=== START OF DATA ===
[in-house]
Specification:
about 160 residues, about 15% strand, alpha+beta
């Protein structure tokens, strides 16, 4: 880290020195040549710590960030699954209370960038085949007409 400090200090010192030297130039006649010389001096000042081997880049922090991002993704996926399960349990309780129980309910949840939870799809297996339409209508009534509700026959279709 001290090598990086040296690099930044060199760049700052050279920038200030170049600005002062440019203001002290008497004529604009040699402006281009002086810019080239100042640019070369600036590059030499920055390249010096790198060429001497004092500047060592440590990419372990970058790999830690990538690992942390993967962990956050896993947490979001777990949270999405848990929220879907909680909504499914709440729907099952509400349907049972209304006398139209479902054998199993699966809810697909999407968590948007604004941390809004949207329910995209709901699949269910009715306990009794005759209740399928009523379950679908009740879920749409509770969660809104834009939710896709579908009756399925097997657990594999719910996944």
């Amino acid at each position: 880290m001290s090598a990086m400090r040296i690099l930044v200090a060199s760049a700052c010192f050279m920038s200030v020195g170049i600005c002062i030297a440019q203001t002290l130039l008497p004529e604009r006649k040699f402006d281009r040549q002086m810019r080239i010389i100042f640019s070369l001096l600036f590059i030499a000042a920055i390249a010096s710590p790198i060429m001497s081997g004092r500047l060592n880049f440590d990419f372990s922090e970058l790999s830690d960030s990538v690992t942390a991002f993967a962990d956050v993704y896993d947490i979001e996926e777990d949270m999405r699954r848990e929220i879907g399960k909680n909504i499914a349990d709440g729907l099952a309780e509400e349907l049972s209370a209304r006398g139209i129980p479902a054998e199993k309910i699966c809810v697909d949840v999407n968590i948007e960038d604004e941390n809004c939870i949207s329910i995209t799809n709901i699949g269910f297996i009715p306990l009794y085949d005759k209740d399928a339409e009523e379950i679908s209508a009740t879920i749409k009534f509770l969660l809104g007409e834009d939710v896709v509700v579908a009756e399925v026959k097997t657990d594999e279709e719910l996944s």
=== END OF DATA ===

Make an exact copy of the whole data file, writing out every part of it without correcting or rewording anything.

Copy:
[in-house]
Specification:
about 160 residues, about 15% strand, alpha+beta
């Protein structure tokens, strides 16, 4: 880290020195040549710590960030699954209370960038085949007409 400090200090010192030297130039006649010389001096000042081997880049922090991002993704996926399960349990309780129980309910949840939870799809297996339409209508009534509700026959279709 001290090598990086040296690099930044060199760049700052050279920038200030170049600005002062440019203001002290008497004529604009040699402006281009002086810019080239100042640019070369600036590059030499920055390249010096790198060429001497004092500047060592440590990419372990970058790999830690990538690992942390993967962990956050896993947490979001777990949270999405848990929220879907909680909504499914709440729907099952509400349907049972209304006398139209479902054998199993699966809810697909999407968590948007604004941390809004949207329910995209709901699949269910009715306990009794005759209740399928009523379950679908009740879920749409509770969660809104834009939710896709579908009756399925097997657990594999719910996944």
């Amino acid at each position: 880290m001290s090598a990086m400090r040296i690099l930044v200090a060199s760049a700052c010192f050279m920038s200030v020195g170049i600005c002062i030297a440019q203001t002290l130039l008497p004529e604009r006649k040699f402006d281009r040549q002086m810019r080239i010389i100042f640019s070369l001096l600036f590059i030499a000042a920055i390249a010096s710590p790198i060429m001497s081997g004092r500047l060592n880049f440590d990419f372990s922090e970058l790999s830690d960030s990538v690992t942390a991002f993967a962990d956050v993704y896993d947490i979001e996926e777990d949270m999405r699954r848990e929220i879907g399960k909680n909504i499914a349990d709440g729907l099952a309780e509400e349907l049972s209370a209304r006398g139209i129980p479902a054998e199993k309910i699966c809810v697909d949840v999407n968590i948007e960038d604004e941390n809004c939870i949207s329910i995209t799809n709901i699949g269910f297996i009715p306990l009794y085949d005759k209740d399928a339409e009523e379950i679908s209508a009740t879920i749409k009534f509770l969660l809104g007409e834009d939710v896709v509700v579908a009756e399925v026959k097997t657990d594999e279709e719910l996944s």